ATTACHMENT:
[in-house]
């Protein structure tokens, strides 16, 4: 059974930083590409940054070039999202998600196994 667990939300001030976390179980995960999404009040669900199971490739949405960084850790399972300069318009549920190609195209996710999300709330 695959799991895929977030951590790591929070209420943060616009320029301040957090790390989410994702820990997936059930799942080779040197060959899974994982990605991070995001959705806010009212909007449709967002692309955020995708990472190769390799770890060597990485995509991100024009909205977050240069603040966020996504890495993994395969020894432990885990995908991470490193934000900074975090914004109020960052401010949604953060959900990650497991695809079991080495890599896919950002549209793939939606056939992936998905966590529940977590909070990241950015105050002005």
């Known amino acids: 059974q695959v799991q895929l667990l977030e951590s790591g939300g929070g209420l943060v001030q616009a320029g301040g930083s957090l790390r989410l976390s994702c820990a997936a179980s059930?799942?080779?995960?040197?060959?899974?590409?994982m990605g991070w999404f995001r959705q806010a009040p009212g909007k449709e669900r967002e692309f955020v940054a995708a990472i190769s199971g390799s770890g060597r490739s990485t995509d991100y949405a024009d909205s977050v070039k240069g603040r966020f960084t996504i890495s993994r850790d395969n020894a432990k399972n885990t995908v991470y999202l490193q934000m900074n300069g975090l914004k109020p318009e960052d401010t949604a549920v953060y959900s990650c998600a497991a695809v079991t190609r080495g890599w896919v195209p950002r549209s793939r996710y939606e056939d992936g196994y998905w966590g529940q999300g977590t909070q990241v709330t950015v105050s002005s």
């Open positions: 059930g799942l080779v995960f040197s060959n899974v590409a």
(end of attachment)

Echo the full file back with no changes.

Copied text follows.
[in-house]
């Protein structure tokens, strides 16, 4: 059974930083590409940054070039999202998600196994 667990939300001030976390179980995960999404009040669900199971490739949405960084850790399972300069318009549920190609195209996710999300709330 695959799991895929977030951590790591929070209420943060616009320029301040957090790390989410994702820990997936059930799942080779040197060959899974994982990605991070995001959705806010009212909007449709967002692309955020995708990472190769390799770890060597990485995509991100024009909205977050240069603040966020996504890495993994395969020894432990885990995908991470490193934000900074975090914004109020960052401010949604953060959900990650497991695809079991080495890599896919950002549209793939939606056939992936998905966590529940977590909070990241950015105050002005």
């Known amino acids: 059974q695959v799991q895929l667990l977030e951590s790591g939300g929070g209420l943060v001030q616009a320029g301040g930083s957090l790390r989410l976390s994702c820990a997936a179980s059930?799942?080779?995960?040197?060959?899974?590409?994982m990605g991070w999404f995001r959705q806010a009040p009212g909007k449709e669900r967002e692309f955020v940054a995708a990472i190769s199971g390799s770890g060597r490739s990485t995509d991100y949405a024009d909205s977050v070039k240069g603040r966020f960084t996504i890495s993994r850790d395969n020894a432990k399972n885990t995908v991470y999202l490193q934000m900074n300069g975090l914004k109020p318009e960052d401010t949604a549920v953060y959900s990650c998600a497991a695809v079991t190609r080495g890599w896919v195209p950002r549209s793939r996710y939606e056939d992936g196994y998905w966590g529940q999300g977590t909070q990241v709330t950015v105050s002005s």
């Open positions: 059930g799942l080779v995960f040197s060959n899974v590409a």